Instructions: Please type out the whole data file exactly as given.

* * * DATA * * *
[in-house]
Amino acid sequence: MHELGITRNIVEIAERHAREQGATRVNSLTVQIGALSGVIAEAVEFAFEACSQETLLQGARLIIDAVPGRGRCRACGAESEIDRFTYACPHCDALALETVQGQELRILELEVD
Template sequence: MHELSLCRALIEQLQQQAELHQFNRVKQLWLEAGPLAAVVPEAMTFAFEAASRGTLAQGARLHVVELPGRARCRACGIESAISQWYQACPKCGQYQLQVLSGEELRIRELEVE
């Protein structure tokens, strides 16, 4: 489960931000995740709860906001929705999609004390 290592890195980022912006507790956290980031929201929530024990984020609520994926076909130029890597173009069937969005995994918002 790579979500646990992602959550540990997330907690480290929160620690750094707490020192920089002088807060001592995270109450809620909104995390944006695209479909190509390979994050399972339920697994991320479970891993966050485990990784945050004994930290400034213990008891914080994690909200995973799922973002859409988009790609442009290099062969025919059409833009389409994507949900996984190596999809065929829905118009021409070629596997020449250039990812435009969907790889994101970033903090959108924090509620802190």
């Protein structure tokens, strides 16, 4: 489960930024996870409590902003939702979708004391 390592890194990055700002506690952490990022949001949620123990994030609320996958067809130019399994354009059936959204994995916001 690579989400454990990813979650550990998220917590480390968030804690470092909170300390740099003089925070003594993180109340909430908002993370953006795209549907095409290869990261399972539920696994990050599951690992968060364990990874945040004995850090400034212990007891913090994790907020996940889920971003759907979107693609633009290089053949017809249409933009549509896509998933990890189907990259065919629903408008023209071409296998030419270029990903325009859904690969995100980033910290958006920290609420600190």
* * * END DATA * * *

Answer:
[in-house]
Amino acid sequence: MHELGITRNIVEIAERHAREQGATRVNSLTVQIGALSGVIAEAVEFAFEACSQETLLQGARLIIDAVPGRGRCRACGAESEIDRFTYACPHCDALALETVQGQELRILELEVD
Template sequence: MHELSLCRALIEQLQQQAELHQFNRVKQLWLEAGPLAAVVPEAMTFAFEAASRGTLAQGARLHVVELPGRARCRACGIESAISQWYQACPKCGQYQLQVLSGEELRIRELEVE
């Protein structure tokens, strides 16, 4: 489960931000995740709860906001929705999609004390 290592890195980022912006507790956290980031929201929530024990984020609520994926076909130029890597173009069937969005995994918002 790579979500646990992602959550540990997330907690480290929160620690750094707490020192920089002088807060001592995270109450809620909104995390944006695209479909190509390979994050399972339920697994991320479970891993966050485990990784945050004994930290400034213990008891914080994690909200995973799922973002859409988009790609442009290099062969025919059409833009389409994507949900996984190596999809065929829905118009021409070629596997020449250039990812435009969907790889994101970033903090959108924090509620802190």
């Protein structure tokens, strides 16, 4: 489960930024996870409590902003939702979708004391 390592890194990055700002506690952490990022949001949620123990994030609320996958067809130019399994354009059936959204994995916001 690579989400454990990813979650550990998220917590480390968030804690470092909170300390740099003089925070003594993180109340909430908002993370953006795209549907095409290869990261399972539920696994990050599951690992968060364990990874945040004995850090400034212990007891913090994790907020996940889920971003759907979107693609633009290089053949017809249409933009549509896509998933990890189907990259065919629903408008023209071409296998030419270029990903325009859904690969995100980033910290958006920290609420600190």